The memorial service for my dad was on Sunday. He had a great sense of humor: it didn’t escape any of us that the only day it worked for everyone to be at his memorial/funeral was All Saints Day. I’m sure it didn’t escape Dad.
My mom said to me on the phone: “Well…they say you elevate your spouse to sainthood after they die. Your husband dies and suddenly he’s a saint. I suppose it’s appropriate Dad’s official induction into sainthood is Sunday.”
My dad loved to barbeque. He loved a block party. One Saturday morning when I was around 10 or so, I woke up to the sound of him digging a hole in the middle of the backyard. I immediately looked for the dog: you’re a kid, there’s a hole, you have animals, you worry. Even at 10, it struck me as odd the grave would be smack in the middle of the grass in the backyard.
The dog was fine.
He was digging a pit for the pig.
We didn’t own a pig.
The plan was to roast an entire pig Hawaiian pit-style, embers and hot rocks, pig tightly mummified in wet banana leaves, put directly on embers and rocks, and shovel the dirt back in. Leave it overnight. Next night, dig it up, and eat.
I was already the fat kid at school. Now I was going to be the fat kid who ate food out of a hole in the ground.
I did not see a positive outcome to this scenario in the schoolyard. How much would a bus ticket to Australia cost?
It was the best pork I ever ate. Since the entire block was there, I needn’t have worried: the same kids who would’ve teased me were also eating food dug out of a hole in the ground. Forget second helpings, they came back for 4ths and 5ths. Who knew that having a dad who shoveled dirt on the main course would increase my popularity? For months, other kids came up to me deferentially: did I think my dad was going to cook again any time soon? In the backyard? If he did, could they come?
At the memorial, we had Dad’s favorite foods: pizza and beer, salad, salami, olives, and hot fudge sundaes. Chocolate chip cookies. Dixieland jazz was piped out into the backyard. His favorite movies played silently on DVD players in the house: My Big Fat Greek Wedding (no surprise after the pig story, huh) and Shogun. The coffee table was strewn with Louis L’Amour westerns. It was immediate-immediate family only. About 50 people, and 8 dogs. That’s intimate for us. When it got dark, most of the aunts and uncles and cousins and second cousins had left, and ten of us sat around the fire pit and traded Dad stories.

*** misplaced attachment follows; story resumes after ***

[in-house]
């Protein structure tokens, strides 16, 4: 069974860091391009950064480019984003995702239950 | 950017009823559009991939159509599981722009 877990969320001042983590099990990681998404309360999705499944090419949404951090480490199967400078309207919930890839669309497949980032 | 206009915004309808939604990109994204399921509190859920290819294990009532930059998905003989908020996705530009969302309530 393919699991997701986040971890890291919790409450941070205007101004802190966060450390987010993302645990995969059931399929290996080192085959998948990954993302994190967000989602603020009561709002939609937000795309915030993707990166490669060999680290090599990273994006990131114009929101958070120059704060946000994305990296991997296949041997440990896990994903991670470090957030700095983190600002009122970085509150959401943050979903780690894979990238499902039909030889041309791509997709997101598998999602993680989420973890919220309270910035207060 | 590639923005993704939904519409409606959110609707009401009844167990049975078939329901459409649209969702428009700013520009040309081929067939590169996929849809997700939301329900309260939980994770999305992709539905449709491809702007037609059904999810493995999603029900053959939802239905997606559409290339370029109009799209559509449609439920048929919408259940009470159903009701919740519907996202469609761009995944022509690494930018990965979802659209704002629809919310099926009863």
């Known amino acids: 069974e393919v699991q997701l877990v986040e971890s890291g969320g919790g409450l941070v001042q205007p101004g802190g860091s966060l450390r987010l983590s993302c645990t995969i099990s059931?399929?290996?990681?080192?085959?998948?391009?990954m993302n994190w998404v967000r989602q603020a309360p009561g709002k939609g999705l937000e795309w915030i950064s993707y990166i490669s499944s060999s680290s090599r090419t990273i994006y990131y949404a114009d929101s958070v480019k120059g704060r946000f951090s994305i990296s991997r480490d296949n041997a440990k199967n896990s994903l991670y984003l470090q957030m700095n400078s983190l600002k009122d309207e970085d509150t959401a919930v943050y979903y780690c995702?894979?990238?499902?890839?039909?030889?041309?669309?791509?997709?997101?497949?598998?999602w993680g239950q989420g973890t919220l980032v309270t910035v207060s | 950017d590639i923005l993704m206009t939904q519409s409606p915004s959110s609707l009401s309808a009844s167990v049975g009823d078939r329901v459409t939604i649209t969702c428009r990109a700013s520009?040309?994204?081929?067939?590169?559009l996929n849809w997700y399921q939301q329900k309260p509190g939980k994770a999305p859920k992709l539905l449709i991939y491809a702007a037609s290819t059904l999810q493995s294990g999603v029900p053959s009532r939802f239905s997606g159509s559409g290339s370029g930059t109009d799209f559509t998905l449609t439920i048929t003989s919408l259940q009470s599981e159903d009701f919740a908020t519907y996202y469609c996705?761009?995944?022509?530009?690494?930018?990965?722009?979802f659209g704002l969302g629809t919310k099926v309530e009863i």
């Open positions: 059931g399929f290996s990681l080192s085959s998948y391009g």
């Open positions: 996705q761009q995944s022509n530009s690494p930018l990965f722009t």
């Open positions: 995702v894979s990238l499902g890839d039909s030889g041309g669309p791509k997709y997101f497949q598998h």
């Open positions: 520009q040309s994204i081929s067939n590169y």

This one, told by my mom, sums my dad up in a nutshell:
About a week before he died, mom was holding his hand. He’d had a particularly bad day, and was in pain. His eyes were closed, and he looked exhausted. He appeared to be in and out of consciousness. I went out to get my mom some food. While I was gone, my mom used the alone time to try to help her husband:
“Honey…it’s okay to let go. Really. We love you and we don’t want you to suffer.”
She paused, groping for the right words:
“Henry, I know it’s hard. Let go. It’s okay to let go…Just…Let…Go.”
My dad immediately opened his eyes, turned his head so he could look mom in the eye, and said:
“Oh, I’m trying Mae…believe me, I’m TRYING!”
They were both laughing hysterically when I got back, tears streaming down their cheeks.
He’d been conscious the whole time: he’d closed his eyes to deal with the pain.
My mom wiped her face, and said to me: “I just tried to kill your father. Sorry about that.”
“No problem.” I said.
My dad smiled and closed his eyes, preparing to pick up the burden again, and I handed my mom a sandwich, wondering if I’d ever know what their private joke was.
He did it in his own way: self-sufficient to the end. He waited until everyone left: then ran toward the white light, and jumped.
You made it Dad!